“Contribution might definitely be via IP, but I do not foresee us implementing an IP backbone for our production facility, because getting that content from the field to an end user with quality and efficiency would be challenging. I would have to break a lot of things in a 24/7 production facility to go IP. But over time, the relationship of the human production side of things and how we would go into an IP world to put all those production elements together to assist the journalist telling the story, is where we will start to see a lot more investment.
“I don’t think the technologies are there to help us drive that just yet, but over time, and hopefully in a three-year time frame, we will start to roadmap exactly what that production backbone looks like to get that content across to the viewer with speed.”
But not every media house is sure of its IP roadmap, noted Davies, stating that sometimes clients “ask us for our opinion” and the systems integrator tries to understand “what exactly they are trying to achieve” and if “IP is really for them”.
“You need to analyse what the client wants to achieve, to determine whether IP is really the right fit for them. In the UK, we have done three 4K projects over copper and fibre. We are still seeing baseband installations sitting alongside a large stack of large-scale projects in IP.”
Lakdawala agreed that any decision on new technology implementations is determined by the business case and what the client wants to achieve. One business case does not work for all deployments.
“If you want to undertake virtualisation or a cloud-based infrastructure, your approach might be different from that of a client who wants to go with just higher resolution. It will all depend upon a client’s requirements and how they want to reap the benefits of an IP infrastructure.”
Davies agreed, but cautioned that clients often find it difficult to justify that business case in the short term.
“Some of these benefits will come in quite a few years’ time, and businesses are looking at ROIs within a two- or three-year cycle. We have sometimes found it difficult to justify the cost, although we know a client would actually reap benefits in a couple of years for that business.”
Al-Butti added here that there are substantial differences in how an entity like twofour54, which facilitates production, would benefit from IP, as opposed to broadcasters.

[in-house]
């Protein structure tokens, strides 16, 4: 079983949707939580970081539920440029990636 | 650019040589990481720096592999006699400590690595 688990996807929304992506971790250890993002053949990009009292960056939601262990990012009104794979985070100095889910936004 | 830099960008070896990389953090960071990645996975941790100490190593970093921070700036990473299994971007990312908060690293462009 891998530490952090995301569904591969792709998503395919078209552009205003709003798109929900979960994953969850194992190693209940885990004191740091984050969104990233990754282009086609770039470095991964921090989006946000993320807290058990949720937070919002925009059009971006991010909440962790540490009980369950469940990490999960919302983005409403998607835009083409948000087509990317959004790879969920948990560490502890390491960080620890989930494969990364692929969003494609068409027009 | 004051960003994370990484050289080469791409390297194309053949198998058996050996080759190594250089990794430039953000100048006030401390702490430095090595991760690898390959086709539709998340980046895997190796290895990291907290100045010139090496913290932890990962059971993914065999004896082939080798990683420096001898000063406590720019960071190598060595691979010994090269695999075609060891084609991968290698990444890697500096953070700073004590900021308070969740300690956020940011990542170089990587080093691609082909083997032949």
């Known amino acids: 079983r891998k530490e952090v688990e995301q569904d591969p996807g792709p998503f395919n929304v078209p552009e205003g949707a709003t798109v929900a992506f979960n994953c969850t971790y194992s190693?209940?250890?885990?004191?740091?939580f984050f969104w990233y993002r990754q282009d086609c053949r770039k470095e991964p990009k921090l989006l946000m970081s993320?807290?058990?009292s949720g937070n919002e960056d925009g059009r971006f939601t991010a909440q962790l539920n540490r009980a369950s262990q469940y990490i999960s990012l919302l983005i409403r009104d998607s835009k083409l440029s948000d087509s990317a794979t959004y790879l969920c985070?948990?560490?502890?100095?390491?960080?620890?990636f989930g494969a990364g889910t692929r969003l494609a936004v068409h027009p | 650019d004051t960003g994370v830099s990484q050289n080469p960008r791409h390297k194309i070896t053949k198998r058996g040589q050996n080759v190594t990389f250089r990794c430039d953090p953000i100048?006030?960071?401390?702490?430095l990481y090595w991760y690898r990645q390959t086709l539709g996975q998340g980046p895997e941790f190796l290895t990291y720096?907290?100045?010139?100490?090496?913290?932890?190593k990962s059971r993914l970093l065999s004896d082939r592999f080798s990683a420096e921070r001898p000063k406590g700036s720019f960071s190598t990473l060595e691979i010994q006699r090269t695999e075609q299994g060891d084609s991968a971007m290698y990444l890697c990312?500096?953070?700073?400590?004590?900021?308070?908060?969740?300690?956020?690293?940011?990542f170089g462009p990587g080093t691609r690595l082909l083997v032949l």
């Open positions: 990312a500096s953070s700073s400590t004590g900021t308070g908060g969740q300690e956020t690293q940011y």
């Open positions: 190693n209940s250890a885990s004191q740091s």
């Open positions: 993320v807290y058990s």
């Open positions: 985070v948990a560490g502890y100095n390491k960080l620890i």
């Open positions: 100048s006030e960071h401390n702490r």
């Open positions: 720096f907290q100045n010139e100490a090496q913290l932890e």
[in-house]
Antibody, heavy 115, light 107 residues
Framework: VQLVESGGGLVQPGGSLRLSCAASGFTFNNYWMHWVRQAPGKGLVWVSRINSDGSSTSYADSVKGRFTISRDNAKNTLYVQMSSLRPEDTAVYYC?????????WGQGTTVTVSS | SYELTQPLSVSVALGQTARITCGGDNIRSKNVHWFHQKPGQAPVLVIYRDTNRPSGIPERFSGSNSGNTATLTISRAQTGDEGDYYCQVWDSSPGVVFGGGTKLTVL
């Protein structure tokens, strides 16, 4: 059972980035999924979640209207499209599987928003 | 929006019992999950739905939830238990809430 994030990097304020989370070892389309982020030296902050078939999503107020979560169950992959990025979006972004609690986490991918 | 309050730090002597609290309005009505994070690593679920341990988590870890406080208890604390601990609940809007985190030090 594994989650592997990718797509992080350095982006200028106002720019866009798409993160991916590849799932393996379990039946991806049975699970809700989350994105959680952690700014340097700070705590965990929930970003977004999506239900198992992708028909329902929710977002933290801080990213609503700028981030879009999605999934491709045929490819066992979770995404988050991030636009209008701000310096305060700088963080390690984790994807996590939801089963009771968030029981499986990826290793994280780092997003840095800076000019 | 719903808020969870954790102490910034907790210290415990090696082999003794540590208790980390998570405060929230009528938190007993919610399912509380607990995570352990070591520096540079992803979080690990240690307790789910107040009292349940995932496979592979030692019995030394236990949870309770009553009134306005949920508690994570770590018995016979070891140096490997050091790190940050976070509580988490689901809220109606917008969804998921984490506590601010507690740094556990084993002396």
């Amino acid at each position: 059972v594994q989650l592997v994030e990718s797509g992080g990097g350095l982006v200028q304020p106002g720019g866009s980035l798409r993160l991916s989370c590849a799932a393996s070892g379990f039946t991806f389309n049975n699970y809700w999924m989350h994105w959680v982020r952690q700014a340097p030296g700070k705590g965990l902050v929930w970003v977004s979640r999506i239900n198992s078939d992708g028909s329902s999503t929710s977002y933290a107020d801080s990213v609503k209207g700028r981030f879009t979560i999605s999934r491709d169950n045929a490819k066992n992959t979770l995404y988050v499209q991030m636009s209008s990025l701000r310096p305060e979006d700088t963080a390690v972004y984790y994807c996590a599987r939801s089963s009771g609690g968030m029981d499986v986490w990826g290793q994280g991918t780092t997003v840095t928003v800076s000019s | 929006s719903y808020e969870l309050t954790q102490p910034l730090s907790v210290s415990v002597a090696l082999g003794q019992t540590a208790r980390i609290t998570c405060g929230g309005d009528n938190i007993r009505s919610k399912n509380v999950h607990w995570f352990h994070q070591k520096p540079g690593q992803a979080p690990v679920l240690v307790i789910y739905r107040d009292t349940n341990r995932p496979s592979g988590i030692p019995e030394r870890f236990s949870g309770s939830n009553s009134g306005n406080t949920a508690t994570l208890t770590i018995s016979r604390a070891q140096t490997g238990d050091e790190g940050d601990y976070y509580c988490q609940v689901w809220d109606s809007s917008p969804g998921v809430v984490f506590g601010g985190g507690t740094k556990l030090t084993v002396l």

“An IP solution will help us at twofour54 to build more studios with less galleries. This means less capital expenditure, and this will reflect on the cost of the projects, and will give flexibility to use that infrastructure and technology in the long term. Therefore, the break-even time will be shorter for the benefit of the investment and the service cost. This is an important feature for us because we want to use a studio from one production to the next without any time lag.”
One of the big discussions the panellists circled back to was the importance of tapping into an IT-based infrastructure.
“If as a broadcaster I don’t look at investing in IP, I would still look at IP service-oriented architecture, because a service provider like twofour54, for instance, may have a return on that investment faster than I would,” commented Clark.
Another significant concern with IP has also been security.
“If you architect correctly in an IP world, there is no threat to security,” Clark reassured the audience, adding that as someone with experience working in security and the online space for the last five years, he has often tried to convince operators that a security service in the cloud is far more beneficial and secure.
Clarifying further, he said broadcasters have typically operated in islands.
“When you connect infrastructure to the internet, there is a risk. If you architect with security in mind and keep agile to continually improve the security posture, you mitigate that risk significantly and you keep moving away from a potential threat. There are smart people and companies to engage to help with this. The broadcast world previously kept their infrastructure on an island. Media demands today do not allow for this and the industry need not fear a connected world.”
The discussion on IT led Ahmed to question if it might be a good idea to get engineers with a different mindset to help “evolve our operations in broadcast” and “migrate away from the monolithic approach”.
Lakdawala said he would prefer to retrain a broadcast engineer, as people in broadcast environments are well trained to function in a broadcast ecosystem where no downtime is acceptable. Clark, however, pointed out that infrastructure engineers with experience working with large SaaS solutions may be in a better position to take an IP leadership role within an organisation.
Lakdawala agreed, but also expressed optimism that engineers within broadcast already have exposure to IP systems and with time, will eventually move in that direction.
“We have been working in one direction for so many years, so you can’t change a mindset overnight. As your infrastructure progresses in that direction, people will change how they function and develop.”
Davies agreed that training people is one of Diversified’s biggest challenges. It took the SI four to five years to train its internal workforce on how to deliver IP systems.
“Diversified decided to do an IP roadshow with fully operational IP systems in a couple of flight cases. We took that on the road and trained all our local offices, and that became an internal tool. Then companies started asking us if we could run that IP roadshow for them as well. It then became a useful tool, without investing in the actual technology for them to train on the system, and we plan to bring that to CABSAT next year.”
Ahmed concluded by asking if any of the panellists were making a move to IP in the future. Clark said not yet; Lakdawala commented that DMI was working towards an IP roadmap; and Al-Butti added that as twofour54 develops its new studios at its new facility in Yas Island, IP will be the technology of choice, with technical and operational readiness in place.